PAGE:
Any project manager who has spent time in the industry has no doubt been exposed to the change request process. More often than not it can be (or at least start off as) an uncomfortable conversation with your project sponsor. After all, you’re asking for more money and/or time (in most cases).
So…you’ve reached the point in your project where you need a change request for your project. First off, you need to look back at how you got here. In a perfect world, it’s because of additional scope or an uncontrollable environmental factor that has driven the need for a change to your project. In other cases, perhaps your original estimates were a little too optimistic and you now need more budget and/or schedule to complete your original project scope.
Before formally submitting a change request a conversation needs to be had with your project sponsor outlining the reason behind the proposed change request as well as the project impacts (budget, schedule, scope, risk). The reason for this is more around relationship management than anything – you want your sponsor to keep their trust in you and by socially communicating the reasoning for and details of your proposed change request. Basically you want to communicate these details face-to-face first before adding any formality to the process. If all the details are presented clearly, this all but eliminates a lot of the uncomfortable-ness of future discussions on this change request. A lot of PM’s are worried to have this conversation however if you’ve got a trusting relationship built with your sponsor, this doesn’t need to be a scary topic.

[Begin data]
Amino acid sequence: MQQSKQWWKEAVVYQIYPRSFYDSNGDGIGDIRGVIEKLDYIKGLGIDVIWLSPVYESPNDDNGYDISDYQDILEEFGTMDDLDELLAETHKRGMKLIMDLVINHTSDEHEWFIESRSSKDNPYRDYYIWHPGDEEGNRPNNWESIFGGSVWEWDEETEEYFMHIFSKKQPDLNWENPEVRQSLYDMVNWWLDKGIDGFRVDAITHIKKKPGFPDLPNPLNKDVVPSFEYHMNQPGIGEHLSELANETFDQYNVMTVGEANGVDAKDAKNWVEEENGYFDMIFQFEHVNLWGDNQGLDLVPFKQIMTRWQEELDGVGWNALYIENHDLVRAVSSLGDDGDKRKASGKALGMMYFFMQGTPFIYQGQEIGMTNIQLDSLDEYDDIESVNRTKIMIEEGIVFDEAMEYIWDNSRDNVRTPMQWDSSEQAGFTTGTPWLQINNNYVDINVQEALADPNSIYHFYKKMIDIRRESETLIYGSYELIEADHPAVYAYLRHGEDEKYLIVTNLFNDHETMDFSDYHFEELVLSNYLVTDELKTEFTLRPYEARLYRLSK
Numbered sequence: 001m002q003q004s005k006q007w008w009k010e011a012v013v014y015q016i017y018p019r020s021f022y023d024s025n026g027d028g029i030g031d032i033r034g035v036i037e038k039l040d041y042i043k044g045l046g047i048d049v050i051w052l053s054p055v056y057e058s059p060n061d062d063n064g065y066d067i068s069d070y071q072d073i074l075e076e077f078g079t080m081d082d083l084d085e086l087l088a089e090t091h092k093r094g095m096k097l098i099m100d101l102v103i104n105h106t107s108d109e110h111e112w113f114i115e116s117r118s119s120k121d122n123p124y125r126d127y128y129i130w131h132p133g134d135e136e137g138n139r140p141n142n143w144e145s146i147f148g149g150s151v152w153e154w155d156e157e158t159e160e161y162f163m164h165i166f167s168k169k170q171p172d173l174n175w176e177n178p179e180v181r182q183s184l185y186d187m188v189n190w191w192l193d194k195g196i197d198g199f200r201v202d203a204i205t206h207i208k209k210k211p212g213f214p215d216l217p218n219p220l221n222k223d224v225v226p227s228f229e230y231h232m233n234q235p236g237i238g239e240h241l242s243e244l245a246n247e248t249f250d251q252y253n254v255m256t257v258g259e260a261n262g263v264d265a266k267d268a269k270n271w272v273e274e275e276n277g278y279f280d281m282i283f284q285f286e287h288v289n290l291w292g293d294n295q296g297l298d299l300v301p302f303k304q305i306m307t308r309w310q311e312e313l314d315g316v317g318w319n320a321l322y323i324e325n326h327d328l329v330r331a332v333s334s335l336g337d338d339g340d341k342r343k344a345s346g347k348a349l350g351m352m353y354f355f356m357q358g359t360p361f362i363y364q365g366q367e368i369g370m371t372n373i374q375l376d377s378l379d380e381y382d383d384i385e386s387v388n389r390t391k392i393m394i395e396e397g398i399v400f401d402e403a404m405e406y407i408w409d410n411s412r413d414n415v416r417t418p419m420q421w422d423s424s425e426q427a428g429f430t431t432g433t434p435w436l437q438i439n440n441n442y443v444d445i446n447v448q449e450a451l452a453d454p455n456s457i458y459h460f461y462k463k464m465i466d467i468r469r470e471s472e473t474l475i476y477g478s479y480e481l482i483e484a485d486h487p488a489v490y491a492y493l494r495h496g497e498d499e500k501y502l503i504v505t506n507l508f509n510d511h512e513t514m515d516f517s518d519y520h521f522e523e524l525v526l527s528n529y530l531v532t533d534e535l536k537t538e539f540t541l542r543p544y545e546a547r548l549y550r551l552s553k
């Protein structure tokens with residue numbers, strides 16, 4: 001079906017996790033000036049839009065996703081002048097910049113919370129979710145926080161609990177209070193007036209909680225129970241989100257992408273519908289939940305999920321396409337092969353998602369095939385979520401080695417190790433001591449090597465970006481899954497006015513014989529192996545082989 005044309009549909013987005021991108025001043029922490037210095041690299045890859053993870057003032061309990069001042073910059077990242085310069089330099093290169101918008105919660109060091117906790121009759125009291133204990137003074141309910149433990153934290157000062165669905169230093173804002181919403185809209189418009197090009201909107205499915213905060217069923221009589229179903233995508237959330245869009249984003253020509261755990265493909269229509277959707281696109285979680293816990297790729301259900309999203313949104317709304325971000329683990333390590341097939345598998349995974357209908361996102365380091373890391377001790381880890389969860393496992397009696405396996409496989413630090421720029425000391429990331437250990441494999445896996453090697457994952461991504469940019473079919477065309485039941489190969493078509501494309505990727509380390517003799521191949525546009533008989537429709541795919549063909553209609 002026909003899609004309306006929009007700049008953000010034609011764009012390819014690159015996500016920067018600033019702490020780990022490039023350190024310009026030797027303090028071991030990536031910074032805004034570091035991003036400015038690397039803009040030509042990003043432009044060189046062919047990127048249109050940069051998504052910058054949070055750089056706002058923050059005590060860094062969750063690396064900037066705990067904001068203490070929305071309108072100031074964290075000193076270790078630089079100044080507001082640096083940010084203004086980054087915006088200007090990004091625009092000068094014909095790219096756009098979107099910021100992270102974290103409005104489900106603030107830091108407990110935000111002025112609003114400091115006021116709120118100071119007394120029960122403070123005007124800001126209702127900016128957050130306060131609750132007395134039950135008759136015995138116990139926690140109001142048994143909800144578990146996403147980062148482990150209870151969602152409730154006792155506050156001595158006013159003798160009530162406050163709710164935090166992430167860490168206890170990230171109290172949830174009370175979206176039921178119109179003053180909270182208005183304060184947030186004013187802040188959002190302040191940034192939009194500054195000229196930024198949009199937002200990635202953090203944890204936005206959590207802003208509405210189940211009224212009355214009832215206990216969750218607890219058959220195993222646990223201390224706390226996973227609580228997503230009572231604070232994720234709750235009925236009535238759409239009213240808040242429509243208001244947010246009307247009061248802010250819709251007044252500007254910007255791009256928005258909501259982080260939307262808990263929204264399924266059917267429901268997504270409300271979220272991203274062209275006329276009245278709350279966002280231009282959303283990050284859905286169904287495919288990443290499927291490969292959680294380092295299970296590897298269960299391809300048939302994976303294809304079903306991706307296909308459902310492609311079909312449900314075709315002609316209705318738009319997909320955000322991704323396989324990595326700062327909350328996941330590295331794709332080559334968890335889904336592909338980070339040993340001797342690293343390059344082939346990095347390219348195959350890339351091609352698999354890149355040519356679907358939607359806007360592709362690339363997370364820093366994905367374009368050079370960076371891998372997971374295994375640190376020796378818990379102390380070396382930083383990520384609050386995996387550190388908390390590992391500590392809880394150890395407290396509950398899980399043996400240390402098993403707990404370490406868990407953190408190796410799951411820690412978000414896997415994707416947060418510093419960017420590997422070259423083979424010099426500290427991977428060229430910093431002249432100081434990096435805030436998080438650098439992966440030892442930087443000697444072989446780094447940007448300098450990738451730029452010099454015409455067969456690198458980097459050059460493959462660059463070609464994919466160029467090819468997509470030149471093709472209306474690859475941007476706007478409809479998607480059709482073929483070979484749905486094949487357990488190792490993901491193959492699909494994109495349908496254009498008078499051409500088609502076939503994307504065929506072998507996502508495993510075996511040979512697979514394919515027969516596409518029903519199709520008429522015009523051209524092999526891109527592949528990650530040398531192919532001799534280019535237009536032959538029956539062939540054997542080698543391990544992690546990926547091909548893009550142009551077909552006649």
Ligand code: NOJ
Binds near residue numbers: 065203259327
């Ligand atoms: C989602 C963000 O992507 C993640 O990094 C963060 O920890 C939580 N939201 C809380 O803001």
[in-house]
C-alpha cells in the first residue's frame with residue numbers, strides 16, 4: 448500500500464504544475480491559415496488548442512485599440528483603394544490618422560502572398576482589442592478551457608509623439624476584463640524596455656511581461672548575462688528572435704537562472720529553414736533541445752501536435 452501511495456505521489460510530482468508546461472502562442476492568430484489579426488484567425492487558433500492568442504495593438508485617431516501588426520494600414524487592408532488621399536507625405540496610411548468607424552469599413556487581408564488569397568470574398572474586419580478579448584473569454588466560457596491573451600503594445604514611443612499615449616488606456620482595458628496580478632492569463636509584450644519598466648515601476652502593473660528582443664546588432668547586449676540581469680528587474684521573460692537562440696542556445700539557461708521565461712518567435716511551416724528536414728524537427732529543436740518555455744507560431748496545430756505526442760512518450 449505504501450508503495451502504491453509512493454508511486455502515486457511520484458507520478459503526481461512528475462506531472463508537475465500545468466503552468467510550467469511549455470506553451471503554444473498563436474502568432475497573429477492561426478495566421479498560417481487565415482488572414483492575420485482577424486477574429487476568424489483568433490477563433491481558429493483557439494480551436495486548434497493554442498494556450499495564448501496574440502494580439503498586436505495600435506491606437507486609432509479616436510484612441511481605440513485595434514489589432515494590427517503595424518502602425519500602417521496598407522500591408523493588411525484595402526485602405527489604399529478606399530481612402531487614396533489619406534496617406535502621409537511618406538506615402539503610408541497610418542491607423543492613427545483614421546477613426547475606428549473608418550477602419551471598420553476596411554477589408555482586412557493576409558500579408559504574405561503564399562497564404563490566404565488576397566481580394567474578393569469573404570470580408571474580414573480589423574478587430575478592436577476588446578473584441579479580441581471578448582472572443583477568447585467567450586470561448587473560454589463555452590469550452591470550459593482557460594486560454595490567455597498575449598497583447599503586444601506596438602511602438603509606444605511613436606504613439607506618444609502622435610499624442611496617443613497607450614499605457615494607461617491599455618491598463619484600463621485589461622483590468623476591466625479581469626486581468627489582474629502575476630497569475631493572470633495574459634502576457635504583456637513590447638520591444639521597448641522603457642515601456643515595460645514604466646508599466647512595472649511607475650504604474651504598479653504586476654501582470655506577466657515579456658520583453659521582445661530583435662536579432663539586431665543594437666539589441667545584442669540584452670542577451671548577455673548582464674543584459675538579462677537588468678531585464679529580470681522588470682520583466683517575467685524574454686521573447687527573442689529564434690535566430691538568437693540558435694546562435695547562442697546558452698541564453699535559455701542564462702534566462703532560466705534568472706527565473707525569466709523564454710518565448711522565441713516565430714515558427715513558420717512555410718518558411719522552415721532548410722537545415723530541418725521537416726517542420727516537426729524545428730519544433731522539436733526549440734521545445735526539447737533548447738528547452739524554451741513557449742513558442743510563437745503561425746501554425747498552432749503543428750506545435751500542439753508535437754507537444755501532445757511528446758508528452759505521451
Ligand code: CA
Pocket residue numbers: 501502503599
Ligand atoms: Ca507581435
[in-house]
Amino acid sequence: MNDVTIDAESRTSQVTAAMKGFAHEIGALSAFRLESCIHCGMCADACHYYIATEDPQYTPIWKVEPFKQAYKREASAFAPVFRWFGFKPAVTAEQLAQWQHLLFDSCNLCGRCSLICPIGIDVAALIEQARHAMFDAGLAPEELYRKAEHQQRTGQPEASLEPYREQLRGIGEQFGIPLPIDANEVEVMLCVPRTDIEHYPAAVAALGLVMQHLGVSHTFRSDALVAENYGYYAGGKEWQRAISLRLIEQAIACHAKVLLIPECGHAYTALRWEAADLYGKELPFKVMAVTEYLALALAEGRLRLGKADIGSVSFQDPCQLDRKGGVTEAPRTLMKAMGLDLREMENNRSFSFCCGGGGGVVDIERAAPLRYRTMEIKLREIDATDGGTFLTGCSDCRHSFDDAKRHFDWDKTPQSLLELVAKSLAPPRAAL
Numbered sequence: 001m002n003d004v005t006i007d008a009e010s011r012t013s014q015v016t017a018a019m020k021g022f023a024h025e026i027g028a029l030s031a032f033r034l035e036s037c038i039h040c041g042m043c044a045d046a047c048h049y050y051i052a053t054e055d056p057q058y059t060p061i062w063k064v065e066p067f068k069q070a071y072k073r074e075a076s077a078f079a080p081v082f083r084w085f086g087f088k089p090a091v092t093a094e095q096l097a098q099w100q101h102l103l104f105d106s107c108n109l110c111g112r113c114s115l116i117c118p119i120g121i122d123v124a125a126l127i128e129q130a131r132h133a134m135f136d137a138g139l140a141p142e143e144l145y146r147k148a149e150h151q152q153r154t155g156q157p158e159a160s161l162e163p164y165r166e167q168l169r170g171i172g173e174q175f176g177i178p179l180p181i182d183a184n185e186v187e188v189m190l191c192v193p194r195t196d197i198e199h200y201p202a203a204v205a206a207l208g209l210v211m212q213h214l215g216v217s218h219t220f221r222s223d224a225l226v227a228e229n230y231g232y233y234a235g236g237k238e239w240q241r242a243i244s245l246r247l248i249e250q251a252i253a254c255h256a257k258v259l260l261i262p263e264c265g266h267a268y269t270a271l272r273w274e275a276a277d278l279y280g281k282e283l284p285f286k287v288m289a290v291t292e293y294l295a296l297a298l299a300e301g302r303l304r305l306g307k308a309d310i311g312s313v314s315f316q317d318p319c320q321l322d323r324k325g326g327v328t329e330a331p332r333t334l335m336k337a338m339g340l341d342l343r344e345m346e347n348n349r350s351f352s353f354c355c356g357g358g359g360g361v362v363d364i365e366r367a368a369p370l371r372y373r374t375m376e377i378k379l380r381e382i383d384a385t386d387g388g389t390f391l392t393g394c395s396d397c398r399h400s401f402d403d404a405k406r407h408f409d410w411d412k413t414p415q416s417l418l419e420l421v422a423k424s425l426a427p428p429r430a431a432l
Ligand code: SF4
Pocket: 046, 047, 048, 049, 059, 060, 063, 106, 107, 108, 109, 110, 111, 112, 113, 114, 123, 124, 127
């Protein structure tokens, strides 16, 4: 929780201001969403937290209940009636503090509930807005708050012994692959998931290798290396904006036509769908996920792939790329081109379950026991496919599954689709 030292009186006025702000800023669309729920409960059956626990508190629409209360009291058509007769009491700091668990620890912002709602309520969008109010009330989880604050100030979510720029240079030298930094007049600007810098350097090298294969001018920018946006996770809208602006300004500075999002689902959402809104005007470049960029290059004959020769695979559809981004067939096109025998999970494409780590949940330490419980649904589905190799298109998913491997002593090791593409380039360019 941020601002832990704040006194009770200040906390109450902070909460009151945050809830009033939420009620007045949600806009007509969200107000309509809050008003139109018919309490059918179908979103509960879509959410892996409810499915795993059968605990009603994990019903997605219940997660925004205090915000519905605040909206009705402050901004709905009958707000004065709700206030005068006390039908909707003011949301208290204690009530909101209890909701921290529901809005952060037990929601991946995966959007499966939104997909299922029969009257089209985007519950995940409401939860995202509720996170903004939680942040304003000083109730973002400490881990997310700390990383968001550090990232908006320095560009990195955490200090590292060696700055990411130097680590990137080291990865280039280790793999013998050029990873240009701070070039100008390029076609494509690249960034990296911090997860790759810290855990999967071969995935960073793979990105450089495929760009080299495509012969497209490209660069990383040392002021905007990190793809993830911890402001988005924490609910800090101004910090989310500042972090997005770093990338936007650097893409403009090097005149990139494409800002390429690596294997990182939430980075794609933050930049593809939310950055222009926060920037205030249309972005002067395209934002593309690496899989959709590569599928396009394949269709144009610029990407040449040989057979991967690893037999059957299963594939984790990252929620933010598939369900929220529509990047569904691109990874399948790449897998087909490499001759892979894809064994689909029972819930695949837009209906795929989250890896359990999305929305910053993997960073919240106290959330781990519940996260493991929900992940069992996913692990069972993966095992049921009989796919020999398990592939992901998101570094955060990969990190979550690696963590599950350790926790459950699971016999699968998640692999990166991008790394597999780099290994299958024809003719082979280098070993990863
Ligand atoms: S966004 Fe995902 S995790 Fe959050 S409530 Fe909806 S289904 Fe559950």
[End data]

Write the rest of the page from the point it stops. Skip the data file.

Once you’ve had that conversation with your sponsor and assuming you’ve got a green light to proceed, you need to draft up a change request document that will outline the following key areas, to the level of detail as dictated by the organization and/or methodology.
What are the impacts to your project budget? How much more budget do you need to complete the work?
Will your change request extend the schedule? By how much and what is the justification for this?
Does the change introduce new risks to the project? If so what are the probabilities and impacts?
Perhaps it reduces risk to the project – it’s important to note these as justifications for your change request.
Are we introducing new scope? Reducing existing scope?
Are we adding new team members as a result of the change? Are team members rolling off the project sooner than expected?
Change management is one of the hardest aspects to control in project management. Protecting your scope while ensuring that you’re delivering on what the client really needs can be a difficult balancing act to achieve. Ensuring that you have properly communicated your justification for and magnitude of change effectively, you’re making sure that your sponsor has all the information they require to make the right decision for your project.